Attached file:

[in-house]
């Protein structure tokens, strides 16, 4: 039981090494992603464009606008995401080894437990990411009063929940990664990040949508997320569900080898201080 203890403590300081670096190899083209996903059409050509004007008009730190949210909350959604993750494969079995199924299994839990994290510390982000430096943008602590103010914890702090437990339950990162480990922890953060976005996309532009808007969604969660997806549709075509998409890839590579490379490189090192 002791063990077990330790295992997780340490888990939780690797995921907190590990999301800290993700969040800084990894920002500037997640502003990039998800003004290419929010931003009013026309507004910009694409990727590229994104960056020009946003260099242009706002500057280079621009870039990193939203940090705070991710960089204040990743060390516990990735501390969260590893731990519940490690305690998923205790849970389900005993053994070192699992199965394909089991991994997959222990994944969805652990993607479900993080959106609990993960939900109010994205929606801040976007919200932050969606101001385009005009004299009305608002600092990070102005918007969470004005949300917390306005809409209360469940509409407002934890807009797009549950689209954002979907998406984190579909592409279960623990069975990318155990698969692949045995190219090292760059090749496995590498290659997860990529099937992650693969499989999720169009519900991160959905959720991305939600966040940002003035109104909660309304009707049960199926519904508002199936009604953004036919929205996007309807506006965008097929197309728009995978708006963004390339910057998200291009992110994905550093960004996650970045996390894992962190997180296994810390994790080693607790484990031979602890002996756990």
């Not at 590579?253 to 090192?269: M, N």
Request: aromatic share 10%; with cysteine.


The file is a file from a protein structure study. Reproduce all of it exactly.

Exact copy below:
[in-house]
């Protein structure tokens, strides 16, 4: 039981090494992603464009606008995401080894437990990411009063929940990664990040949508997320569900080898201080 203890403590300081670096190899083209996903059409050509004007008009730190949210909350959604993750494969079995199924299994839990994290510390982000430096943008602590103010914890702090437990339950990162480990922890953060976005996309532009808007969604969660997806549709075509998409890839590579490379490189090192 002791063990077990330790295992997780340490888990939780690797995921907190590990999301800290993700969040800084990894920002500037997640502003990039998800003004290419929010931003009013026309507004910009694409990727590229994104960056020009946003260099242009706002500057280079621009870039990193939203940090705070991710960089204040990743060390516990990735501390969260590893731990519940490690305690998923205790849970389900005993053994070192699992199965394909089991991994997959222990994944969805652990993607479900993080959106609990993960939900109010994205929606801040976007919200932050969606101001385009005009004299009305608002600092990070102005918007969470004005949300917390306005809409209360469940509409407002934890807009797009549950689209954002979907998406984190579909592409279960623990069975990318155990698969692949045995190219090292760059090749496995590498290659997860990529099937992650693969499989999720169009519900991160959905959720991305939600966040940002003035109104909660309304009707049960199926519904508002199936009604953004036919929205996007309807506006965008097929197309728009995978708006963004390339910057998200291009992110994905550093960004996650970045996390894992962190997180296994810390994790080693607790484990031979602890002996756990």
């Not at 590579?253 to 090192?269: M, N």
Request: aromatic share 10%; with cysteine.